Toys to LOVE Part 2 (or why I went BACK to target)

This post contains affiliate links, which means that if you click on one of the product links, the Vision Learning Center will receive some compensation.

I found myself back at target the other day (surprised anyone?) and was wandering through the kid’s toy aisle.  I had already gotten everything on my list, so I figured, why not?  I hate the toy aisle–it is cluttered, the bright colors on the packaging all clash with each other and NOTHING is organized.  It is a sensory processing nightmare for me.  Luckily, all of the vision therapy I do with my patients has made this issue much better!

As I perused the aisle, I saw this Melissa and Doug Spray, Squirt and Squeegee set.  One of Max’s grandmothers had given him this set a few months back, when he was obsessed with “brushes”.  Turns out, this toy is fantastic in so many unexpected ways.  First and foremost, it allowed Max to mirror productive behaviors.  He LOVED cleaning with me after dinner.  Until he turned 2 and found his independence.  Secondly, cleaning is a life skill (that’s no joke) and you will thank me later.  This also makes a great bath toy!  The bottles have removable tops, which Max found irresistible.    Being able to manipulate the bottle tops exercises fine motor skills, some serious visual spatial skills and peripheral awareness.  And to top it all of, as a bath toy, your child learns about the fluid dynamics and flow rates.  I see a engineer who keeps a clean house in our future.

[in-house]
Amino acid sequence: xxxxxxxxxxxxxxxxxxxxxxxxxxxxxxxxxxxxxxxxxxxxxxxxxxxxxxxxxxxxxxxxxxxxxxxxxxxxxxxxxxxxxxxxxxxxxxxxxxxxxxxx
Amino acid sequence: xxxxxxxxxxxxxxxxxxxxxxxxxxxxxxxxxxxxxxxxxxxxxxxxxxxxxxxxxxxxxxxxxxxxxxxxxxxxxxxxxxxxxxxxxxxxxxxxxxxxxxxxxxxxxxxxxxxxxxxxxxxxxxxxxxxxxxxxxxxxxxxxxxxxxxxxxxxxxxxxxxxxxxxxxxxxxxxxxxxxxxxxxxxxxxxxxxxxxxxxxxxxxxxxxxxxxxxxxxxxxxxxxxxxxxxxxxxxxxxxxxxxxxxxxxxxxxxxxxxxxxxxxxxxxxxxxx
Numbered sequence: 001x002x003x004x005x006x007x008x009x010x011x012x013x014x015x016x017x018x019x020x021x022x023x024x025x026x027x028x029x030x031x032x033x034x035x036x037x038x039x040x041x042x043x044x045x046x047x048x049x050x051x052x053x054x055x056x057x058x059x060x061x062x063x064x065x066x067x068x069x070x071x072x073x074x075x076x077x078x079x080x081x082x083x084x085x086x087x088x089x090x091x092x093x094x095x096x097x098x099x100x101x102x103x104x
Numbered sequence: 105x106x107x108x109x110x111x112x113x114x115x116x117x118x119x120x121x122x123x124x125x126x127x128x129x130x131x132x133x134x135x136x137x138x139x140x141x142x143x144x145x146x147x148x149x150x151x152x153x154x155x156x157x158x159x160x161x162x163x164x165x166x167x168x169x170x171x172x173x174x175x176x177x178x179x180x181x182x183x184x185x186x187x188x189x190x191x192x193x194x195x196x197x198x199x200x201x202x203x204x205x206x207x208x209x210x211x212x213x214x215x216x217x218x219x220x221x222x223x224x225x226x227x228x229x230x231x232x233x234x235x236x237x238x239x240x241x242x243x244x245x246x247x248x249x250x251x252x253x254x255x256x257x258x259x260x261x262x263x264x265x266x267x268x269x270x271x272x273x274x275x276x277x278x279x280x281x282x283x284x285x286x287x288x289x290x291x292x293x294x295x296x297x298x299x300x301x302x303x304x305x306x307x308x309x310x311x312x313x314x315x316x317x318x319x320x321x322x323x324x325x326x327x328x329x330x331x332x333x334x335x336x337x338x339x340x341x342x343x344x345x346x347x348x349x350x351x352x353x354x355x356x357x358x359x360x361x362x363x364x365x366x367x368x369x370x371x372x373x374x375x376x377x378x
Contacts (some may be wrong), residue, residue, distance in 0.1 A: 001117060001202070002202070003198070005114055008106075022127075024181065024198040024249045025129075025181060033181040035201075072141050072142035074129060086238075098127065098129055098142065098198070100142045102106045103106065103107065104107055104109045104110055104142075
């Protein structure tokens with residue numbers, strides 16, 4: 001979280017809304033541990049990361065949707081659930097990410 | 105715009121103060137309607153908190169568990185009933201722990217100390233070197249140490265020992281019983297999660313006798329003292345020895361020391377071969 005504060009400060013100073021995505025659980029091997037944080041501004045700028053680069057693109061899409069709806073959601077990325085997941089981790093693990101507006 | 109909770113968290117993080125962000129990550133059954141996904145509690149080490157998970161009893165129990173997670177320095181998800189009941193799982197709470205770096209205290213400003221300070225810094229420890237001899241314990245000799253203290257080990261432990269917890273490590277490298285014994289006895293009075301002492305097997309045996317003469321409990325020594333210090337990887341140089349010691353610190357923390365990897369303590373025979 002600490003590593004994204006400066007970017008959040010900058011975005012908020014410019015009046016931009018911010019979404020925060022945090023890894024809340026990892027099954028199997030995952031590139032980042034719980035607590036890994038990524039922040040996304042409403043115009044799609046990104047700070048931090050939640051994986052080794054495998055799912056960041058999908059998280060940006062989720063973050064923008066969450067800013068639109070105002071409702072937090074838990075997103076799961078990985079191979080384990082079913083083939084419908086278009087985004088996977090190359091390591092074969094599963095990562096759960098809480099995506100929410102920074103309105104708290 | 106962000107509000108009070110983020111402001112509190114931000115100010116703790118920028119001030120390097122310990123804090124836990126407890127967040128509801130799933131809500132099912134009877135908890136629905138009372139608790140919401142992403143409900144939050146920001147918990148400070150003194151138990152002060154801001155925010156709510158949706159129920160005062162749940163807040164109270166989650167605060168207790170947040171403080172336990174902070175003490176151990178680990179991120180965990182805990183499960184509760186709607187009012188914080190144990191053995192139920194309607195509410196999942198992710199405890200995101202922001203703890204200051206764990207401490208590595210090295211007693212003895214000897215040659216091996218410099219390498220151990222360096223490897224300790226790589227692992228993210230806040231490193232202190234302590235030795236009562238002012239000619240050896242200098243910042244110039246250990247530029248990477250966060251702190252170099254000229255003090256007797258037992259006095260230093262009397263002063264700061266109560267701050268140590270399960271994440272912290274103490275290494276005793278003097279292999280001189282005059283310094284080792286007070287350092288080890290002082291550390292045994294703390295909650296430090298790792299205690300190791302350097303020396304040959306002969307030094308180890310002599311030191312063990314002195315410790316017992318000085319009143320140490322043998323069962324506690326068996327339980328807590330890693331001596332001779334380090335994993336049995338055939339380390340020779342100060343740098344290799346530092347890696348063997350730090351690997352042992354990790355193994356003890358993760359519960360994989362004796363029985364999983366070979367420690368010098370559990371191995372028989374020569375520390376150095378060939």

The cleaning set is cute, but my favorite toy is the wooden Melissa and Doug tool set.  This was the toy that would have made my Grandpa Nat proud.  This toy is AMAZING!  It is colorful, contains kid friendly tools and literally is hours of indoor fun on a hot day.  There are so many visual skills that we get to exercise while playing with this:  visual closure and visual spatial reasoning are just a few.  You can play matching games (try and match the figure/shape you made), work on fine motor skills AND learn how to problem solve.  Learning that the screws require turning to fit into the holes and cannot be simply shoved in is problem solving at its best.



Leave a Reply

Fill in your details below or click an icon to log in: Logo

You are commenting using your account. Log Out / Change )

Twitter picture

You are commenting using your Twitter account. Log Out / Change )

Facebook photo

You are commenting using your Facebook account. Log Out / Change )

Google+ photo

You are commenting using your Google+ account. Log Out / Change )

Connecting to %s